Murray believed that the ancient Witches worshipped a horned God, which the Christians of the Inquisition claimed to be their Satan. That's why Witches were accused of Satan worship. She called the ancient religion the Dianic Cult, because the female form of this God was Diana, the Queen of the Witches. However, the male Deity dominated the religion. Murray's Witch cult had come from a British race of small people, now known as the Fairies. The Witch cult celebrated eight festivals every year (Sabbats) and minor events (Esbats). They organized themselves into small covens of 13 people.
Researchers have been attacking Murray's scholarship for decades. They say that she assumed that the confessions of the accused in the Witch trials were true, when in reality the victims of the trials were tortured until they would say anything to stop the pain.
Some researchers do accept that small pockets of the ancient pre-Christian religions did survive into modern times in various areas of Europe. They acknowledge that these isolated groups may have retained fragments of the old rituals and practices. However, they don't accept Murray's idea of an organized and widespread pre-Christian religion that remained intact throughout history. Murray also showed no documentation for her claims about the religion — the Sabbats, the covens, and so on. Again, scholars say that these terms were created by the Inquisition during the Witch trials.
Leland and Graves: Other voices
Charles Leland (1824-1903) was an American writer who believed that the Craft survived from ancient times. His works, like Murray's, had a big influence on the modern Wiccan revival, especially, Aradia, Gospel of the Witches (1890, and reprinted 1974). Leland was an author from the United States. Apparently, he led an adventurous life as a political radical, an abolitionist, and a folklorist.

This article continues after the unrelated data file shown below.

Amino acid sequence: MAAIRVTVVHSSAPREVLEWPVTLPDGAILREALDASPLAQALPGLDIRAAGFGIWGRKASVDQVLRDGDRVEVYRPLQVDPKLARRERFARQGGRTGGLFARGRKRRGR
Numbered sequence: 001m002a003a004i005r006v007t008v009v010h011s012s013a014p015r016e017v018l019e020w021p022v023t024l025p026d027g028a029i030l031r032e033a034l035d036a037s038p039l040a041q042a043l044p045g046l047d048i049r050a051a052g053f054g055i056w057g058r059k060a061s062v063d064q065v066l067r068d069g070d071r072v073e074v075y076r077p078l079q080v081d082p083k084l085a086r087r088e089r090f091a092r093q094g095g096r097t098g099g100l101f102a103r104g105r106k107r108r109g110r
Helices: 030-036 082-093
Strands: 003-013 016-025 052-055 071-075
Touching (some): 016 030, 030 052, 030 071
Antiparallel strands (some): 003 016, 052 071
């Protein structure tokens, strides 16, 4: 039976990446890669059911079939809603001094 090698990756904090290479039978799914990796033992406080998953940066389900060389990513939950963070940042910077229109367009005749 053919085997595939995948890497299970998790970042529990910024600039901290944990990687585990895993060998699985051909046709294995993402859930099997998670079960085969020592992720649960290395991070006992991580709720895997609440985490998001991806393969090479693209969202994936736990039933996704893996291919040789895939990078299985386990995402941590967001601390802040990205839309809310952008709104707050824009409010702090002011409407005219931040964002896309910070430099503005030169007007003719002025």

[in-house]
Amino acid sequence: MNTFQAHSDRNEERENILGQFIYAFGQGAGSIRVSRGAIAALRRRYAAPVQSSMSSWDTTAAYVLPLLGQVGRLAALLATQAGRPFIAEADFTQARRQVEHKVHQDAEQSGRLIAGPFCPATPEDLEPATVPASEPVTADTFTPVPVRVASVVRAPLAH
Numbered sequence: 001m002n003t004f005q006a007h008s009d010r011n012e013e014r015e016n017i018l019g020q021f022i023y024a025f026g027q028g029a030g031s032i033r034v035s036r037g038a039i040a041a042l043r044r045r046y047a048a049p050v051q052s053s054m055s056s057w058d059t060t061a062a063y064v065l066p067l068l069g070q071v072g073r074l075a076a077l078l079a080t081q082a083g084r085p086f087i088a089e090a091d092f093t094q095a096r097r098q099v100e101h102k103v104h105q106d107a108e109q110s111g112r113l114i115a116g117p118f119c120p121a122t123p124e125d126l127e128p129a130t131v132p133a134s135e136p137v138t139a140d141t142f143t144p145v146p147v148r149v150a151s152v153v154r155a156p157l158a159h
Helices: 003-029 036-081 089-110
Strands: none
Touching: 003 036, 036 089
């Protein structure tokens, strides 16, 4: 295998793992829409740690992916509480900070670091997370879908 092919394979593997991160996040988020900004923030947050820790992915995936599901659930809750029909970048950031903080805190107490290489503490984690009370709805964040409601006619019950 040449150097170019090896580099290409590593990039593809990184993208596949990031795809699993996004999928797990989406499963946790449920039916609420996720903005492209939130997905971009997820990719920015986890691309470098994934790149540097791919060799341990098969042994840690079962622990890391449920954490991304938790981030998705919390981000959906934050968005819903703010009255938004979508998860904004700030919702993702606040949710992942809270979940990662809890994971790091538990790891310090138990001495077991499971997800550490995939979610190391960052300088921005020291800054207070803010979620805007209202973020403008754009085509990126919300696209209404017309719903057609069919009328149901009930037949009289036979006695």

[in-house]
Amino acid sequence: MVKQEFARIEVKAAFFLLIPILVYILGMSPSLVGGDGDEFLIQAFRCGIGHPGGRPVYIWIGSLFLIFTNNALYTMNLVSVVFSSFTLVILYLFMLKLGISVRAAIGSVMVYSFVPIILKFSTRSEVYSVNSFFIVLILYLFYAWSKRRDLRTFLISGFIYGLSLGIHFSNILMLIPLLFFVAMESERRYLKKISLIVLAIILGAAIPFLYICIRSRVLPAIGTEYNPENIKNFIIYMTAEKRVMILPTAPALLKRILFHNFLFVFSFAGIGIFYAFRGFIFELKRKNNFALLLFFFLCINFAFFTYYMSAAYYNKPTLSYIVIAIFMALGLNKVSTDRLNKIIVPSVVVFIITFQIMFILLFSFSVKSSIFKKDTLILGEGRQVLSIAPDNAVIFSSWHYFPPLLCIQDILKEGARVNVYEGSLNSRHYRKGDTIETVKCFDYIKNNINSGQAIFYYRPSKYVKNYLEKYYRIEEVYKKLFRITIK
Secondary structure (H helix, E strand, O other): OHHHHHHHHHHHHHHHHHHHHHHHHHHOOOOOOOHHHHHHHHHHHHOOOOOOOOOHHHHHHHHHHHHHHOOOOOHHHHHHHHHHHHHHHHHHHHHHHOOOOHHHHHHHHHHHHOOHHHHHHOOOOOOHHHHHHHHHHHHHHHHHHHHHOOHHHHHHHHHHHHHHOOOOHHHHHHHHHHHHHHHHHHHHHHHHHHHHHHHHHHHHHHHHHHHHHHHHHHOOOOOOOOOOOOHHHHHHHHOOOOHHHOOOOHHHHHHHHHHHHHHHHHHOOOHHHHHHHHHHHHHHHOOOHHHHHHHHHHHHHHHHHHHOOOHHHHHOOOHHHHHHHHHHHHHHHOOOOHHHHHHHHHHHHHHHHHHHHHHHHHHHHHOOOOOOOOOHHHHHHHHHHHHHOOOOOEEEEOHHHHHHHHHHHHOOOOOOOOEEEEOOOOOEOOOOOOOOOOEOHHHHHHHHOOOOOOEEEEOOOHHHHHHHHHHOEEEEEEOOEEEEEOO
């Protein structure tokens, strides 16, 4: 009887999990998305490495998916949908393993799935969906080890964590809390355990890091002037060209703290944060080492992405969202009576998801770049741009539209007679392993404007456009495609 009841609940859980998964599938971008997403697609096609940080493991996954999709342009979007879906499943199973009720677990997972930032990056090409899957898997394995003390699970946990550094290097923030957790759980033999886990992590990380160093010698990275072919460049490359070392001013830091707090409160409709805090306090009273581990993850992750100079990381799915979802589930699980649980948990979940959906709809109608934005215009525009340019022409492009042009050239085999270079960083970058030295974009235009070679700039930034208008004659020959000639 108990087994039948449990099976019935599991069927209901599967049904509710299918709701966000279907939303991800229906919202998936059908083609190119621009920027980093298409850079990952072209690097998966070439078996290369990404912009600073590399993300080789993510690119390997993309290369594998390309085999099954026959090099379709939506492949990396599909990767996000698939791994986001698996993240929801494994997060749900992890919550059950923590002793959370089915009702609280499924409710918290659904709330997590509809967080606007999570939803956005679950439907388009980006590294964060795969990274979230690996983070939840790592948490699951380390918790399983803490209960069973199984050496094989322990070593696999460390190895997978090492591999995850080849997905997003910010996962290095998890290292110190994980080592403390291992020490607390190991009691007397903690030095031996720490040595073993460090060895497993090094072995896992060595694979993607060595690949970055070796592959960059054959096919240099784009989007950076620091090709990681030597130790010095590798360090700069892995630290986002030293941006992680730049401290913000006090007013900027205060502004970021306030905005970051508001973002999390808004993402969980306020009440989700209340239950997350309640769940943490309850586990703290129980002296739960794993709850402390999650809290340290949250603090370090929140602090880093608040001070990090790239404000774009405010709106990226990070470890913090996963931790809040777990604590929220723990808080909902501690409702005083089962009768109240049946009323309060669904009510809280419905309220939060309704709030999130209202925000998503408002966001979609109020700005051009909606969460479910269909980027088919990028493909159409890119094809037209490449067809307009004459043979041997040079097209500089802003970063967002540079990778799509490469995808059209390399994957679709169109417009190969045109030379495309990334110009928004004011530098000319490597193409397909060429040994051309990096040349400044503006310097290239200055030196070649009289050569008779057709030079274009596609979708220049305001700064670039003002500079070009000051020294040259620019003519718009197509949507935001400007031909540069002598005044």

Leland claimed that he knew a woman, Madellena, who was from an old Witch family of Italian heritage, and she provided him with the family's book of magic. The book tells the story of Diana, the Queen of the Witches and her union with Lucifer, the God of the Sun (not Lucifer, the Christian Satan). This mating produced a daughter, Aradia.
Aradia went to Earth to teach Witchcraft to the peasants, so they could use the magic against the ruling class and raise themselves out of poverty. The Charge of the Goddess is a very popular piece of poetic prose from this book. This passage has been rewritten often, and most traditions of modern Wicca use a version of it. The term "the Old Religion" probably originated with Leland's books. Leland maintained that women were treated equally with men in the old Craft, and he remains popular with many feminist Wiccans. He is not at all popular with scholars, however, and they have dismissed his books as bunk because he provides no documentation beyond his claim that Madellena was a practitioner who shared her knowledge with him.
Robert Graves (1895-1985) is a British writer who promoted the idea that the Craft existed in Britain from ancient times, and he claimed that several of the old covens survived. His book, The White Goddess, also influenced the modern Wiccan revival. Graves' writings about the Great Goddess are poetic and inspirational, but few people view the book as a work of scholarship.
Wiccans differ in their opinions of Murray, Leland, and Graves and about the historical timeline of the Craft. However, they take the period of the great Witch hunts very seriously.